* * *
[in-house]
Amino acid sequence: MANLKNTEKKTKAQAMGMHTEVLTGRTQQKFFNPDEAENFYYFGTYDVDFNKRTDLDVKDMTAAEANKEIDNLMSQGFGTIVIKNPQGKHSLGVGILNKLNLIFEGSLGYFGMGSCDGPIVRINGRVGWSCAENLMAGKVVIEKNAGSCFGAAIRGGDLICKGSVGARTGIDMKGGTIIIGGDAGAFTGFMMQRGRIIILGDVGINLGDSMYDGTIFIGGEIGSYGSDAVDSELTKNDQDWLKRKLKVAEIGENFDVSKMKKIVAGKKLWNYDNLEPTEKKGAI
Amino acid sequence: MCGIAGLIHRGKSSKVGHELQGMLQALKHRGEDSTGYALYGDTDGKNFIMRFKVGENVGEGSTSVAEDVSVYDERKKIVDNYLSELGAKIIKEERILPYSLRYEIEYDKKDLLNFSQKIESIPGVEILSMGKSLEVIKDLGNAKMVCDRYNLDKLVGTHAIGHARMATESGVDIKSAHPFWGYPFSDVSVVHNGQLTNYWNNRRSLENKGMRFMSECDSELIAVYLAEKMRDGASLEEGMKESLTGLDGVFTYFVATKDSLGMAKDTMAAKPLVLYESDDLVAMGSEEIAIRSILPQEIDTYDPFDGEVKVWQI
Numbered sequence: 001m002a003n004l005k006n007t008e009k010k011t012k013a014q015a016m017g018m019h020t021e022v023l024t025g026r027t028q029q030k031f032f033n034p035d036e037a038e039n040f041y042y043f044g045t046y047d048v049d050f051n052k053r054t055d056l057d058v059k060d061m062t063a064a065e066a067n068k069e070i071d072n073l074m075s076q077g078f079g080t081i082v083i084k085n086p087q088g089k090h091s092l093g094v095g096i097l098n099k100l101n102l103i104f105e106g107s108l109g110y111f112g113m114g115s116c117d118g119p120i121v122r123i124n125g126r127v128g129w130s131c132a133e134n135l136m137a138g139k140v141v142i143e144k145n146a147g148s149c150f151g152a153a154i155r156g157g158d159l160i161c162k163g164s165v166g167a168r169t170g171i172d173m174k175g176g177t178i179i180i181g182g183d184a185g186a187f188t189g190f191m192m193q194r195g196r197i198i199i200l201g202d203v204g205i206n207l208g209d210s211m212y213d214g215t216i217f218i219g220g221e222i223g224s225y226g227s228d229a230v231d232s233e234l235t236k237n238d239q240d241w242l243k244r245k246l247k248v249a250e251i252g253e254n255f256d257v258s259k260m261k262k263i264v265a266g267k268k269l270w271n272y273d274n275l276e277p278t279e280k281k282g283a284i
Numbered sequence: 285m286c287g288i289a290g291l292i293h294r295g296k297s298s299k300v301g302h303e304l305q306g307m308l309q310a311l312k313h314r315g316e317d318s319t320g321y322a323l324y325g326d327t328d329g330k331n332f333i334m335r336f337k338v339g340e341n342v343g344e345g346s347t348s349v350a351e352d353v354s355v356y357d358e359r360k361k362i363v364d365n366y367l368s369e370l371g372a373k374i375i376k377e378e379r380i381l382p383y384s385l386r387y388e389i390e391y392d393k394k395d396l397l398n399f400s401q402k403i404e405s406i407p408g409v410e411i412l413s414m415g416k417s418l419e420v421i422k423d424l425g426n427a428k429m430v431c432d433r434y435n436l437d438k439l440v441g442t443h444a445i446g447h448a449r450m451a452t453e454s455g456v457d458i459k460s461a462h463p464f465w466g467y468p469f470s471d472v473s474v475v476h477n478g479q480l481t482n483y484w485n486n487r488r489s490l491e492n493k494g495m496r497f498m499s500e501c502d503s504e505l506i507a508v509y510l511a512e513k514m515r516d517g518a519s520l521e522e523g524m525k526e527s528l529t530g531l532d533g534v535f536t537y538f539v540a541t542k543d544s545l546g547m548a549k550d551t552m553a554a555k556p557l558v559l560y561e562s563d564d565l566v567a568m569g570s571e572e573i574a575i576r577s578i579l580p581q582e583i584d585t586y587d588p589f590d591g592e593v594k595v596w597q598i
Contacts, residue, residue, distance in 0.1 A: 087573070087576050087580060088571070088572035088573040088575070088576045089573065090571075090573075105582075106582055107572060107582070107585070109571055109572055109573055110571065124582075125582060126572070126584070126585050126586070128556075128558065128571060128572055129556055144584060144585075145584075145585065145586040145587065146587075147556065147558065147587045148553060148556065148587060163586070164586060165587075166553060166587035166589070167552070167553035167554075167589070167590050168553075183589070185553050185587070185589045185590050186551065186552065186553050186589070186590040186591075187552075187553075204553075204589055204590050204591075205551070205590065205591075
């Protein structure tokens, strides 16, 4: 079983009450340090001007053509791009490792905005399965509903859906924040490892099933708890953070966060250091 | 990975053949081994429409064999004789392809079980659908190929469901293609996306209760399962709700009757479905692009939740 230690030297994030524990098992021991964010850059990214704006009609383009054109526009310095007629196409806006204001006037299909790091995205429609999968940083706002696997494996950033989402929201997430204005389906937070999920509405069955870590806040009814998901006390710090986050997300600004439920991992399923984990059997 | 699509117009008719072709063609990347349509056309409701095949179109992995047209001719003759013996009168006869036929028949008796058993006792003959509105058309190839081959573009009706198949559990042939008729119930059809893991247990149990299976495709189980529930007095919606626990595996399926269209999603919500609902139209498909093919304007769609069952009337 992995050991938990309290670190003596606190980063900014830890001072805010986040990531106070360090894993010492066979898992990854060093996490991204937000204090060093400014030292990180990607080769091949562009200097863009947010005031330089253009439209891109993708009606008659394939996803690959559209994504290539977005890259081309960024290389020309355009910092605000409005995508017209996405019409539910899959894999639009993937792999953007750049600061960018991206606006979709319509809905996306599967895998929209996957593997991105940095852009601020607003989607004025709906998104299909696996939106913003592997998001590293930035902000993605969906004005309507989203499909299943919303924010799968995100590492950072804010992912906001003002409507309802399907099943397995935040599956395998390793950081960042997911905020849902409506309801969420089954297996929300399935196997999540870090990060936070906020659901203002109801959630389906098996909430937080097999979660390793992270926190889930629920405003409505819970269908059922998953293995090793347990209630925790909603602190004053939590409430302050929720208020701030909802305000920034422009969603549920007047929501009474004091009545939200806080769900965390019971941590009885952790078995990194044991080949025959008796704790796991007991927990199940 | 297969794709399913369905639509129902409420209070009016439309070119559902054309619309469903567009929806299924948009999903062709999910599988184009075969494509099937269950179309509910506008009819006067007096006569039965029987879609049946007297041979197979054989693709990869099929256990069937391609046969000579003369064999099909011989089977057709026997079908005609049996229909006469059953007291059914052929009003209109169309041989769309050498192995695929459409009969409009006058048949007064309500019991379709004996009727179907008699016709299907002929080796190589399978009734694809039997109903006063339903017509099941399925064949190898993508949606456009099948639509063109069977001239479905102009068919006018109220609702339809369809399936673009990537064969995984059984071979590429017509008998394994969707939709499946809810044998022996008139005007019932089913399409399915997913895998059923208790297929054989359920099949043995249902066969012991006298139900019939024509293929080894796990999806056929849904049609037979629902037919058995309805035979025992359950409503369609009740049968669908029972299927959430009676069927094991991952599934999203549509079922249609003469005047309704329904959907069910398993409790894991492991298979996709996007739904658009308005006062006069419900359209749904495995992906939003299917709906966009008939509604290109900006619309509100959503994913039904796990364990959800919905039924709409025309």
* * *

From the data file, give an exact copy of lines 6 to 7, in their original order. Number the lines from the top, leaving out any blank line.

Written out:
Contacts, residue, residue, distance in 0.1 A: 087573070087576050087580060088571070088572035088573040088575070088576045089573065090571075090573075105582075106582055107572060107582070107585070109571055109572055109573055110571065124582075125582060126572070126584070126585050126586070128556075128558065128571060128572055129556055144584060144585075145584075145585065145586040145587065146587075147556065147558065147587045148553060148556065148587060163586070164586060165587075166553060166587035166589070167552070167553035167554075167589070167590050168553075183589070185553050185587070185589045185590050186551065186552065186553050186589070186590040186591075187552075187553075204553075204589055204590050204591075205551070205590065205591075
């Protein structure tokens, strides 16, 4: 079983009450340090001007053509791009490792905005399965509903859906924040490892099933708890953070966060250091 | 990975053949081994429409064999004789392809079980659908190929469901293609996306209760399962709700009757479905692009939740 230690030297994030524990098992021991964010850059990214704006009609383009054109526009310095007629196409806006204001006037299909790091995205429609999968940083706002696997494996950033989402929201997430204005389906937070999920509405069955870590806040009814998901006390710090986050997300600004439920991992399923984990059997 | 699509117009008719072709063609990347349509056309409701095949179109992995047209001719003759013996009168006869036929028949008796058993006792003959509105058309190839081959573009009706198949559990042939008729119930059809893991247990149990299976495709189980529930007095919606626990595996399926269209999603919500609902139209498909093919304007769609069952009337 992995050991938990309290670190003596606190980063900014830890001072805010986040990531106070360090894993010492066979898992990854060093996490991204937000204090060093400014030292990180990607080769091949562009200097863009947010005031330089253009439209891109993708009606008659394939996803690959559209994504290539977005890259081309960024290389020309355009910092605000409005995508017209996405019409539910899959894999639009993937792999953007750049600061960018991206606006979709319509809905996306599967895998929209996957593997991105940095852009601020607003989607004025709906998104299909696996939106913003592997998001590293930035902000993605969906004005309507989203499909299943919303924010799968995100590492950072804010992912906001003002409507309802399907099943397995935040599956395998390793950081960042997911905020849902409506309801969420089954297996929300399935196997999540870090990060936070906020659901203002109801959630389906098996909430937080097999979660390793992270926190889930629920405003409505819970269908059922998953293995090793347990209630925790909603602190004053939590409430302050929720208020701030909802305000920034422009969603549920007047929501009474004091009545939200806080769900965390019971941590009885952790078995990194044991080949025959008796704790796991007991927990199940 | 297969794709399913369905639509129902409420209070009016439309070119559902054309619309469903567009929806299924948009999903062709999910599988184009075969494509099937269950179309509910506008009819006067007096006569039965029987879609049946007297041979197979054989693709990869099929256990069937391609046969000579003369064999099909011989089977057709026997079908005609049996229909006469059953007291059914052929009003209109169309041989769309050498192995695929459409009969409009006058048949007064309500019991379709004996009727179907008699016709299907002929080796190589399978009734694809039997109903006063339903017509099941399925064949190898993508949606456009099948639509063109069977001239479905102009068919006018109220609702339809369809399936673009990537064969995984059984071979590429017509008998394994969707939709499946809810044998022996008139005007019932089913399409399915997913895998059923208790297929054989359920099949043995249902066969012991006298139900019939024509293929080894796990999806056929849904049609037979629902037919058995309805035979025992359950409503369609009740049968669908029972299927959430009676069927094991991952599934999203549509079922249609003469005047309704329904959907069910398993409790894991492991298979996709996007739904658009308005006062006069419900359209749904495995992906939003299917709906966009008939509604290109900006619309509100959503994913039904796990364990959800919905039924709409025309």